As mentioned above, bank loans generally will have an increased payout to investors as a result of rising interest rates, but this is not always the case.  Many newer loans are now being issued with a “LIBOR floor”, meaning a minimum rate that must be paid regardless of the current level of LIBOR.  Using our earlier example, the loan priced at L +450 might have a floor at 6%, so even though the combination of LIBOR and the spread might be below 6%, the loan itself will never pay anything less than 6%.  A loan currently at its LIBOR floor would be subject to interest rate risk (i.e., the risk of losing value as interest rates rise) until LIBOR rates were such that the loan traded above its floor.  Additionally, while LIBOR is the reference rate used in the pricing of these loans, it represents short term interest rates, and can move in a very different manner than longer term rates at any given time.  Thus, longer term rates could increase during a period in which LIBOR was flat, or even decreasing.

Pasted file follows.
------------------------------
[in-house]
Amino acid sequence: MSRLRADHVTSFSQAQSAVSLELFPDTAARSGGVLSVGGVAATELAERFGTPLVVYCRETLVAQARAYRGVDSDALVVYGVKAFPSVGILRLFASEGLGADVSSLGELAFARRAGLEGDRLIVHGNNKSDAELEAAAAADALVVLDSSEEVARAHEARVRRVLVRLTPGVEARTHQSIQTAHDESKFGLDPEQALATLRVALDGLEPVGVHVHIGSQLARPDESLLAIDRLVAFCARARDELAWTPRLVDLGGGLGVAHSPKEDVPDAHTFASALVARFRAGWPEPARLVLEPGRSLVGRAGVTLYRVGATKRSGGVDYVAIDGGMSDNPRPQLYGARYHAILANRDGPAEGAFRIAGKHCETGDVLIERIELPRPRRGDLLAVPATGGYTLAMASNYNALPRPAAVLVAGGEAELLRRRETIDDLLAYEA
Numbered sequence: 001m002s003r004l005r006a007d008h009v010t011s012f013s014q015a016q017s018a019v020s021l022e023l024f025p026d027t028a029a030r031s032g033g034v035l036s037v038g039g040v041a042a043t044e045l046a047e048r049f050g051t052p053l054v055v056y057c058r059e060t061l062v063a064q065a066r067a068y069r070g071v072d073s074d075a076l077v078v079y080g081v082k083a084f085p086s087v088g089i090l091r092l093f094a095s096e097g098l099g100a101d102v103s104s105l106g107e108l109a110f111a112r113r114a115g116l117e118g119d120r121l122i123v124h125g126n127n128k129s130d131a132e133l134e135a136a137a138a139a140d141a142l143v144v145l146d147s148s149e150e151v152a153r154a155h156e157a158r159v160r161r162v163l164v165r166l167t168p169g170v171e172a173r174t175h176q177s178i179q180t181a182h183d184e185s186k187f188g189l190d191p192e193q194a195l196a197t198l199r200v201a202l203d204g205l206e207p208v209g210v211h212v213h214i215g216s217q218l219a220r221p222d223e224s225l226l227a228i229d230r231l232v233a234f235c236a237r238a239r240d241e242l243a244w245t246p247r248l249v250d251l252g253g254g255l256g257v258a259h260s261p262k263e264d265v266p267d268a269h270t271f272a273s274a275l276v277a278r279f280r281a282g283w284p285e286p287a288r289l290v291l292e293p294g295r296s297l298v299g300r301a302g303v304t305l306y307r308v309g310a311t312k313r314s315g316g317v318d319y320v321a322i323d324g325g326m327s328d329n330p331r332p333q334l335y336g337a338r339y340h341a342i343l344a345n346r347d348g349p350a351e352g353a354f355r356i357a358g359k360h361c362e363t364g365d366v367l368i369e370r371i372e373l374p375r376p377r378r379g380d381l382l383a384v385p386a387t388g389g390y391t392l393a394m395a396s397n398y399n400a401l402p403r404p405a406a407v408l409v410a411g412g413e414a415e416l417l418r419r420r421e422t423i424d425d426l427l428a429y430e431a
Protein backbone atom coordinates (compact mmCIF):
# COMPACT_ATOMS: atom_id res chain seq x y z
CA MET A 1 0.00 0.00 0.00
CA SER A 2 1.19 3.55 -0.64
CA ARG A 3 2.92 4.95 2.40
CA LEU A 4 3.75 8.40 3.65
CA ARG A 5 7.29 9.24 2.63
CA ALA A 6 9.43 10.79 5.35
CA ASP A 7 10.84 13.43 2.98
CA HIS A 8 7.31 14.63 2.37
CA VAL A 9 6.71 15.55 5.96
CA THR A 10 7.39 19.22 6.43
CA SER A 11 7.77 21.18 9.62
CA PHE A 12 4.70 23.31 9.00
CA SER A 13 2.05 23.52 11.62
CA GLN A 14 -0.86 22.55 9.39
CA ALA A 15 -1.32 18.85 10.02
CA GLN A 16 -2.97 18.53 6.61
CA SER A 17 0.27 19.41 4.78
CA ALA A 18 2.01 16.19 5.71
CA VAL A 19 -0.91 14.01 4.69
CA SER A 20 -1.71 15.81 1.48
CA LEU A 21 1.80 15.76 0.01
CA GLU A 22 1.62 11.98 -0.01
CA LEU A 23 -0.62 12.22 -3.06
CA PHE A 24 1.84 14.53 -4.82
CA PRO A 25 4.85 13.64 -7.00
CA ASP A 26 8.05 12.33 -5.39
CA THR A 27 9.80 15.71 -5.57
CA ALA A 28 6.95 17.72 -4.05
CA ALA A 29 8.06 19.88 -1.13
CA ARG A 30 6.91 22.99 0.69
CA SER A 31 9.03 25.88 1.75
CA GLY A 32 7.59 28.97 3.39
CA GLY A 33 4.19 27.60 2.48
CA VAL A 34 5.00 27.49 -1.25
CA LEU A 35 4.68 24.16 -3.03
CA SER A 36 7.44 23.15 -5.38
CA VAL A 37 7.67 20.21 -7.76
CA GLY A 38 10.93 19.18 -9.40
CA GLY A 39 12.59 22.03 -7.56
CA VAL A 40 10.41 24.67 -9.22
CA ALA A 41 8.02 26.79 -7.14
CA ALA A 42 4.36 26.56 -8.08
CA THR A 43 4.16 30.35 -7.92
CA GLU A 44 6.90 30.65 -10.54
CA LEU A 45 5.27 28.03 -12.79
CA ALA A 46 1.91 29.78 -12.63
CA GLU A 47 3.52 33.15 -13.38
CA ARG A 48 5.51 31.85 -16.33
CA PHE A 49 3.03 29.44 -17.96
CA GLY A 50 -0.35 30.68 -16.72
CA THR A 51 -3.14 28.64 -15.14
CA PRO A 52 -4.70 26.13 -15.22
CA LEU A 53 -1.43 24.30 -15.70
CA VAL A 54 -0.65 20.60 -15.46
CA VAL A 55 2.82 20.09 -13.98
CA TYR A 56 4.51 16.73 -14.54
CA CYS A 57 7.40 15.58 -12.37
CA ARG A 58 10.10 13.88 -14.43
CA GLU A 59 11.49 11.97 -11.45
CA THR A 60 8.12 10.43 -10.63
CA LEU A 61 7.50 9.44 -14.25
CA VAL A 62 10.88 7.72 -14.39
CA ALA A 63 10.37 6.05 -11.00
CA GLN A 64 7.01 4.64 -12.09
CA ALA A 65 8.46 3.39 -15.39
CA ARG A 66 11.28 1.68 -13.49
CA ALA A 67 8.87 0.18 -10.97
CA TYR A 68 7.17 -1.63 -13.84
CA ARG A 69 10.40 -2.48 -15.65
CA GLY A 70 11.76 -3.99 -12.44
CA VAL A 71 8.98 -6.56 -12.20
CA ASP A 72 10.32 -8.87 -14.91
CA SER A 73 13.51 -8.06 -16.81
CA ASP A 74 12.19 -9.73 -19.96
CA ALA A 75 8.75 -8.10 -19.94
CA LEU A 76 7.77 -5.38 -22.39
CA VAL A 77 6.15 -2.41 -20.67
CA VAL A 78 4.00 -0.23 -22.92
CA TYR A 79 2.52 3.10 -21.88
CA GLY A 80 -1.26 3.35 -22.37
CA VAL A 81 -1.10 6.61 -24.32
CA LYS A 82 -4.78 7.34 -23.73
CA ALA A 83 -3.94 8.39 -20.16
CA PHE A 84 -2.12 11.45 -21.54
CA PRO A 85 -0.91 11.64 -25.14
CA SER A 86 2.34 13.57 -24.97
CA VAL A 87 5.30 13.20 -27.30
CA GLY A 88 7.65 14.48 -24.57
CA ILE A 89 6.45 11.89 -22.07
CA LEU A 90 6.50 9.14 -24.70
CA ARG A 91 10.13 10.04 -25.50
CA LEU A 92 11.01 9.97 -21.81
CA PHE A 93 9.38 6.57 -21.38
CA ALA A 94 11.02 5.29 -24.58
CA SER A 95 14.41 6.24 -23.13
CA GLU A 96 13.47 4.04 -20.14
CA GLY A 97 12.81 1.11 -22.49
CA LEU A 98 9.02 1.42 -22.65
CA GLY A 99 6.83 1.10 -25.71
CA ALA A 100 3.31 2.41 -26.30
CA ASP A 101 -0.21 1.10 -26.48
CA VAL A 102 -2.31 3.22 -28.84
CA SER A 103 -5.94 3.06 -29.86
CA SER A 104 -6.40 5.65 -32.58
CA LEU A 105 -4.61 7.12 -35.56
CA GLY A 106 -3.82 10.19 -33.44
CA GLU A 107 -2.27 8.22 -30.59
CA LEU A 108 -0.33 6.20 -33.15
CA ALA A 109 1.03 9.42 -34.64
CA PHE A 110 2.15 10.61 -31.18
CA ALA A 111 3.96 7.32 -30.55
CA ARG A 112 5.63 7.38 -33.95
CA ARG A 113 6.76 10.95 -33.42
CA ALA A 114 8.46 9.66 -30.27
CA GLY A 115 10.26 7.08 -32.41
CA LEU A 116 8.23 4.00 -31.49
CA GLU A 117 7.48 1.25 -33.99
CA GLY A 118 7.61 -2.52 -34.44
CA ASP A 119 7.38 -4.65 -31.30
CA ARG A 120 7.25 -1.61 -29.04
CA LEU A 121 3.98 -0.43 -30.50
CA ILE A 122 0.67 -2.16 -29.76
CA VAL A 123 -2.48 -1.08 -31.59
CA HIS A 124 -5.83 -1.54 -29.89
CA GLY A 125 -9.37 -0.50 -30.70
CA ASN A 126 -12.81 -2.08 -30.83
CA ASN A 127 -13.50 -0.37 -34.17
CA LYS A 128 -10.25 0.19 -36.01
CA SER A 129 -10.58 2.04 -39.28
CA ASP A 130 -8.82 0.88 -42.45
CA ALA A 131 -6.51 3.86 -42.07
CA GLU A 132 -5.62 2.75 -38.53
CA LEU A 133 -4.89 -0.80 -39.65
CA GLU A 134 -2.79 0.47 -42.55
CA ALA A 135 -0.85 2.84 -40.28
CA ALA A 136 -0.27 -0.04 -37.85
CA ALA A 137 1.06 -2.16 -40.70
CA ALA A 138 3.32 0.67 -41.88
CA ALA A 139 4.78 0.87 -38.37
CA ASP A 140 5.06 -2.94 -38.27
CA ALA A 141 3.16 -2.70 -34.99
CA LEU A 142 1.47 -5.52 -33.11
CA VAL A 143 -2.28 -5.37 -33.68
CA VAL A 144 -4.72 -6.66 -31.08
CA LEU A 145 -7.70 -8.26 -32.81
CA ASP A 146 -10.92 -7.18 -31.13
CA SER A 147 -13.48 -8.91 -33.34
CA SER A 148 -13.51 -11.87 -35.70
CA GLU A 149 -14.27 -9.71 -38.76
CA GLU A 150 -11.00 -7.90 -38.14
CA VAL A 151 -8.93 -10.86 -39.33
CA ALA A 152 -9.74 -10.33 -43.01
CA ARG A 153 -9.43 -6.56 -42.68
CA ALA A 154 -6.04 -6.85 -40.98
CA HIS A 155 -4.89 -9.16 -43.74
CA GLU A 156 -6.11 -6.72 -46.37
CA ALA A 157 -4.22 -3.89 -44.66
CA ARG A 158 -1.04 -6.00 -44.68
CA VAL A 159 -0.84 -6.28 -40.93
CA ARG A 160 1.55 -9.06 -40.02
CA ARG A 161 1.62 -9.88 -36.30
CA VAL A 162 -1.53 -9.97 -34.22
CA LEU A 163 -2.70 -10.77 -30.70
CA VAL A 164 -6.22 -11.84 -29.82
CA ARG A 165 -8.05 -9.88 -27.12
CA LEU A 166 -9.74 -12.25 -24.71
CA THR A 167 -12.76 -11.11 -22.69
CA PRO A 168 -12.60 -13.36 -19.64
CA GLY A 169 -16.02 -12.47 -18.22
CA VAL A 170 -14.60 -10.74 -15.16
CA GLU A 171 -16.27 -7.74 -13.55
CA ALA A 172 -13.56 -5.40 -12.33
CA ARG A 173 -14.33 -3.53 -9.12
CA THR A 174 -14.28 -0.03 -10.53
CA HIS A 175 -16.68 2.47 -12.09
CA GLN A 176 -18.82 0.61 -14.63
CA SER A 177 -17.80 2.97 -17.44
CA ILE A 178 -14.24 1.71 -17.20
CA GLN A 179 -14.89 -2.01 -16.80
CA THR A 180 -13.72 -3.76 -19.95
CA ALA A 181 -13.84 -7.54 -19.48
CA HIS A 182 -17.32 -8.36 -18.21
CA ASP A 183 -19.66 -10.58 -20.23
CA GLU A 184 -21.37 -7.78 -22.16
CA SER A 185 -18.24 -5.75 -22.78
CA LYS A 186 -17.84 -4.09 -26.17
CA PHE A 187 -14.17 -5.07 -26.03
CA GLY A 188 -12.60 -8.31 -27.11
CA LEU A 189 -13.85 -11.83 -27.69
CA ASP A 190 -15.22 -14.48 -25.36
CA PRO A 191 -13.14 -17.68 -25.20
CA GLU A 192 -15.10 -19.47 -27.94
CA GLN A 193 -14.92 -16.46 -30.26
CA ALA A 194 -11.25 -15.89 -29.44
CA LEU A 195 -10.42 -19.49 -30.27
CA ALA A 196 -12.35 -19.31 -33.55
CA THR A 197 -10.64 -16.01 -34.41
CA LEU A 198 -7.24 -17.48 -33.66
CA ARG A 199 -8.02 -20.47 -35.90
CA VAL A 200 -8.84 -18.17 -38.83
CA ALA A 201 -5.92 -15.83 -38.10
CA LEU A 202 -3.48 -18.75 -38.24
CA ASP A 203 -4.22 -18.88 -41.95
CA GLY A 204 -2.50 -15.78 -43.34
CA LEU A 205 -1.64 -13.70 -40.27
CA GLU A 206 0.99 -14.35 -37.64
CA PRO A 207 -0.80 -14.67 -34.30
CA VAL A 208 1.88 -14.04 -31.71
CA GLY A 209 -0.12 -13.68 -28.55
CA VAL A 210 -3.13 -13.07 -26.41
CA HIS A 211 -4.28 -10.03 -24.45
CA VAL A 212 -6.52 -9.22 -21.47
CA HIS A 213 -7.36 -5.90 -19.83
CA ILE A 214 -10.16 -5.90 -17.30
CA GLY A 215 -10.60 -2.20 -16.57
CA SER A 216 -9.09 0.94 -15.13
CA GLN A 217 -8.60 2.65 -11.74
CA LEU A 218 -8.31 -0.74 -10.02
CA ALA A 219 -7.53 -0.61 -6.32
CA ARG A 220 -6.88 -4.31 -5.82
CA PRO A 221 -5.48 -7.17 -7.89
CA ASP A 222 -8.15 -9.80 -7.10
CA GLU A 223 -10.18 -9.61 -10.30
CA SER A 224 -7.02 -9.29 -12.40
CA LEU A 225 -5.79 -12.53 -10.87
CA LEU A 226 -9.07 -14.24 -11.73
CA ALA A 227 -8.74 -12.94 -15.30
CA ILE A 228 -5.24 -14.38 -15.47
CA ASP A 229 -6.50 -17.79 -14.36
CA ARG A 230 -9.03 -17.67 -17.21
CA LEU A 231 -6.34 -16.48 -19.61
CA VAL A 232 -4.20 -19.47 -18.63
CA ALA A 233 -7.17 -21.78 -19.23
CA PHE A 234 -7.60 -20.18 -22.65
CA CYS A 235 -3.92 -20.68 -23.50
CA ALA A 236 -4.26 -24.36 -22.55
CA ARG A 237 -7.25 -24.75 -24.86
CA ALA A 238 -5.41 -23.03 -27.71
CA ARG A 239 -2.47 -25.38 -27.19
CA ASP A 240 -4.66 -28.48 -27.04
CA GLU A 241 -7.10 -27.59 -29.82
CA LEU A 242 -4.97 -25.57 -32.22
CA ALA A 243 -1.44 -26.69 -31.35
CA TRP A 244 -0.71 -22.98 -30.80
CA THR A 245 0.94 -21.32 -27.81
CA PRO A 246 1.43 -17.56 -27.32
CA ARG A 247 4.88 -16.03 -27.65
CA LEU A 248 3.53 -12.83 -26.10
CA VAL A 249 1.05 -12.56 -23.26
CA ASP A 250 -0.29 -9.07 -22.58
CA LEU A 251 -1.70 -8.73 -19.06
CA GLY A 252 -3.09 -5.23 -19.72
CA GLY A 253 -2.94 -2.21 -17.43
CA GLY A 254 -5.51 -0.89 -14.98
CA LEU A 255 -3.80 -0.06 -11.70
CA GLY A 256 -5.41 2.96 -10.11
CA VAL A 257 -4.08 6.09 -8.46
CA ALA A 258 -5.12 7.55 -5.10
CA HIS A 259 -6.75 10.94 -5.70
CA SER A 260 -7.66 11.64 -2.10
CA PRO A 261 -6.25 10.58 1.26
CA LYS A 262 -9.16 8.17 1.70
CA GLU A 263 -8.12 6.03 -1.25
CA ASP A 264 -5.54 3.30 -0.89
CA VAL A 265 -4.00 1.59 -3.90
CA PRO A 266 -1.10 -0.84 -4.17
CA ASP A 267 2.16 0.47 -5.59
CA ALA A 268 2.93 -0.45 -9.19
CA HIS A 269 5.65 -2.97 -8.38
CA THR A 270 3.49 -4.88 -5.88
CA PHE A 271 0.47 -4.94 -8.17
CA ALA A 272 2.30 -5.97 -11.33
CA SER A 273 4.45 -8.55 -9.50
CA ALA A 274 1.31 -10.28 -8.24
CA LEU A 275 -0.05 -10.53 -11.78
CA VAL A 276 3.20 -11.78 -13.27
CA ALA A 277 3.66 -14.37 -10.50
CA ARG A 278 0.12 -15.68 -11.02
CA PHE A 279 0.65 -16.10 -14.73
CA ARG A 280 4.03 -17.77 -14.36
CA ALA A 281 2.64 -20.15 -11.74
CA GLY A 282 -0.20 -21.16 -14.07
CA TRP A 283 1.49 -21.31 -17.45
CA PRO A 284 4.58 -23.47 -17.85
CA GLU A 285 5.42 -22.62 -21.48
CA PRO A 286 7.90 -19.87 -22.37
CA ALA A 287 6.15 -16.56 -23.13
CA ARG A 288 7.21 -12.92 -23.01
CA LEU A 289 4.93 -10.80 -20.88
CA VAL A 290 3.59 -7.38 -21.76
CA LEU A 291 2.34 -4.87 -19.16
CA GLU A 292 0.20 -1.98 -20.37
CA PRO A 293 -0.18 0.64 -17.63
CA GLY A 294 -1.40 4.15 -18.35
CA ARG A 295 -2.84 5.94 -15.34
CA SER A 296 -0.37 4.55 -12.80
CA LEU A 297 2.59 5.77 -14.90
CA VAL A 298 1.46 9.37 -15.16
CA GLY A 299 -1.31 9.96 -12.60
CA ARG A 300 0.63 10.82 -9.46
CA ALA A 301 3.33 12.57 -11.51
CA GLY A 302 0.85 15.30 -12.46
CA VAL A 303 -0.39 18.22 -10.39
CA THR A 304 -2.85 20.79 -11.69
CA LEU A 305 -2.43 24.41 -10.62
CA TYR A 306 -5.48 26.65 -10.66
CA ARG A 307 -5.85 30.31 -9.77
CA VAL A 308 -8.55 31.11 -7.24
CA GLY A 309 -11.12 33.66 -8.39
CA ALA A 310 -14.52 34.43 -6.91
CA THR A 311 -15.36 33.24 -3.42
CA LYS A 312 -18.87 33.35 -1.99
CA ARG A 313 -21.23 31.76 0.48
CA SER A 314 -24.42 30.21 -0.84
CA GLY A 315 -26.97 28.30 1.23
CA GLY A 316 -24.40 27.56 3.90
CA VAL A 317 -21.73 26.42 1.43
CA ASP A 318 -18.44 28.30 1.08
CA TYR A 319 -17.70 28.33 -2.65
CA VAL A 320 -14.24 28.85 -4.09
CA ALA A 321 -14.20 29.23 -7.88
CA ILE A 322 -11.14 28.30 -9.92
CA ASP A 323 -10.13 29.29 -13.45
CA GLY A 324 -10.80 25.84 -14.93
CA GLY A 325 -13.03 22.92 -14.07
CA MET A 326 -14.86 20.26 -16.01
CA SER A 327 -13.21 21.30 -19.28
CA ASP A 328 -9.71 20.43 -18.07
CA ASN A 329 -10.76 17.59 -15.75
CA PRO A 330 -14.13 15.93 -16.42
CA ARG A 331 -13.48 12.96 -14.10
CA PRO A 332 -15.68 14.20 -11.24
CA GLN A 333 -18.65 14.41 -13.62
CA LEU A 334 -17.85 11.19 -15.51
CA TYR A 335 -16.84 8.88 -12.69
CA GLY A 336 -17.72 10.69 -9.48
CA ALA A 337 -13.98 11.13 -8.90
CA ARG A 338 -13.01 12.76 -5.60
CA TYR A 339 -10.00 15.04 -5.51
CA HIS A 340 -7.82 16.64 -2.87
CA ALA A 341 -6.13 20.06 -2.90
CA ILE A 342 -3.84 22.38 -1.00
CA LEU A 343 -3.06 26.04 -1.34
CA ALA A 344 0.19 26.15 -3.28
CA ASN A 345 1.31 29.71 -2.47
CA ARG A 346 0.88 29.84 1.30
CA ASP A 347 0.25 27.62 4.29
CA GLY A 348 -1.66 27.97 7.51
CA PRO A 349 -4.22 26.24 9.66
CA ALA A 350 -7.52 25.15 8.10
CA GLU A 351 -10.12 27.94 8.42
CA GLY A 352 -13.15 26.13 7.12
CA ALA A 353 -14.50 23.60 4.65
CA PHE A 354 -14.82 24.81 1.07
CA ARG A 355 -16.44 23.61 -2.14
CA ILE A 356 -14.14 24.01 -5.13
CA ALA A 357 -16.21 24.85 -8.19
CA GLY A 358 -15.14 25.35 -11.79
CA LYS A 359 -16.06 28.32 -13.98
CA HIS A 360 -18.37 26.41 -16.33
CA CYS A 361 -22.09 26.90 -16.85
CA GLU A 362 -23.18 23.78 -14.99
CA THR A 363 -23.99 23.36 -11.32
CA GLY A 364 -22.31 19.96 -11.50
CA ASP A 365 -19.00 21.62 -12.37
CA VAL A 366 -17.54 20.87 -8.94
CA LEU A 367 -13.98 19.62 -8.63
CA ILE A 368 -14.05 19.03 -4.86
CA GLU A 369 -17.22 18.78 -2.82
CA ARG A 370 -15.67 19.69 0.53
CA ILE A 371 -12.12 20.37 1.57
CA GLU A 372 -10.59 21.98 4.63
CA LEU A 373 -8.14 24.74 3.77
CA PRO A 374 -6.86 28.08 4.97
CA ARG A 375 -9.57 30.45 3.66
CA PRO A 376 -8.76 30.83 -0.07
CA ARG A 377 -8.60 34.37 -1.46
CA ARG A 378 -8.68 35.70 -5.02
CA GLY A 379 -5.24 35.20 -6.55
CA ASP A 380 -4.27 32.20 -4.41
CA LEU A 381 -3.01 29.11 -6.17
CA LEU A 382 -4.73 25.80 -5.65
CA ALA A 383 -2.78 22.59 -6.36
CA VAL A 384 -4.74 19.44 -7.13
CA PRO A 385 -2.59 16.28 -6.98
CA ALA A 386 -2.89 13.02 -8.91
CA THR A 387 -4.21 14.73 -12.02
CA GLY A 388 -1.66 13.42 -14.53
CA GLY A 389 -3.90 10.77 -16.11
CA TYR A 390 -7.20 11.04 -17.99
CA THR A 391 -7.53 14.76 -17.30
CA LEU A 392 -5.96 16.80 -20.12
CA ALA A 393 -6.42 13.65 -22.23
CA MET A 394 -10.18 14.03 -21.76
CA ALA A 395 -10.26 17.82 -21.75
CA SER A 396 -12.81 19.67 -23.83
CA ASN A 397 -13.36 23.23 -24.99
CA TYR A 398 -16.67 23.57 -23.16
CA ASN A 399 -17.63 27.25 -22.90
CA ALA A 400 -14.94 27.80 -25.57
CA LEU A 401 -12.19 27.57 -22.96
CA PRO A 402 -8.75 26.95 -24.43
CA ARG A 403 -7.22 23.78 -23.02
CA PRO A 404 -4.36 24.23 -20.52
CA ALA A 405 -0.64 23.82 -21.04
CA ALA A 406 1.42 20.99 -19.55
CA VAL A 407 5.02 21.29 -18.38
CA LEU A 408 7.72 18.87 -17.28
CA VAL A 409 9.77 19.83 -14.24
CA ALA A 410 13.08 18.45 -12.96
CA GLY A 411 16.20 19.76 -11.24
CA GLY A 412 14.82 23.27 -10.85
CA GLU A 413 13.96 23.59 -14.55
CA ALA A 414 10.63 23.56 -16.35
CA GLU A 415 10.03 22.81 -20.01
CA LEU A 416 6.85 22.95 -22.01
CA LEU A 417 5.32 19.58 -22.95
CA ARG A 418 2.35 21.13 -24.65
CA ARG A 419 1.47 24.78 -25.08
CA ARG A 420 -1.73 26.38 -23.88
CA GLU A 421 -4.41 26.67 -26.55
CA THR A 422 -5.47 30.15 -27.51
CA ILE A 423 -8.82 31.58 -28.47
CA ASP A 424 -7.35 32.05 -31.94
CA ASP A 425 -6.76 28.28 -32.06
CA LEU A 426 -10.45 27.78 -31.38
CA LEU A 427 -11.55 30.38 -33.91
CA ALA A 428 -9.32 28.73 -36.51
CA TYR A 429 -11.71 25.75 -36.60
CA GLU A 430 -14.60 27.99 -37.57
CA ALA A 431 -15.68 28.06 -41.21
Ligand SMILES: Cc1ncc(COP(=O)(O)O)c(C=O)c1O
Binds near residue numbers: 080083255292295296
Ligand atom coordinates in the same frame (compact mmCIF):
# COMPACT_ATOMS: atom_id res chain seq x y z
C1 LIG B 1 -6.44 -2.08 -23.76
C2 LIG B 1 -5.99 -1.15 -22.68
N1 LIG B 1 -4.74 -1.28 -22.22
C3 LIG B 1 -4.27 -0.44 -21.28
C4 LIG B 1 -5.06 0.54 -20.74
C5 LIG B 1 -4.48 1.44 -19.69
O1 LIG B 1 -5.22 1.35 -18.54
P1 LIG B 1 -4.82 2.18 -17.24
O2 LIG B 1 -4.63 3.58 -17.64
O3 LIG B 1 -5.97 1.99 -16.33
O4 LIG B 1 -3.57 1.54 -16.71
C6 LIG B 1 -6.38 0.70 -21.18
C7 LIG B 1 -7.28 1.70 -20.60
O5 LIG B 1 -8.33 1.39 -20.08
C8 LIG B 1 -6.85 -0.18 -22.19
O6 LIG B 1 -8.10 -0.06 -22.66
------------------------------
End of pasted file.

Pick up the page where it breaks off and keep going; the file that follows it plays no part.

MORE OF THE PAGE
Perhaps the least well understood risk of bank loans is market liquidity.  Bank loans currently have an outstanding value of about $767 billion2, which may sound large in absolute terms, but is in fact barely 2%3 of the outstanding value of the US debt market.  While in normal market conditions loans are traded frequently enough currently to provide adequate liquidity, there is a distinct possibility that during a volatile market period, mass selling in the bank loan sector could cause liquidity to dry up, forcing investors to accept large losses in order to unload their loan holdings.  This is a very important consideration for investors when deciding in which form to hold bank loans, should they choose to do so.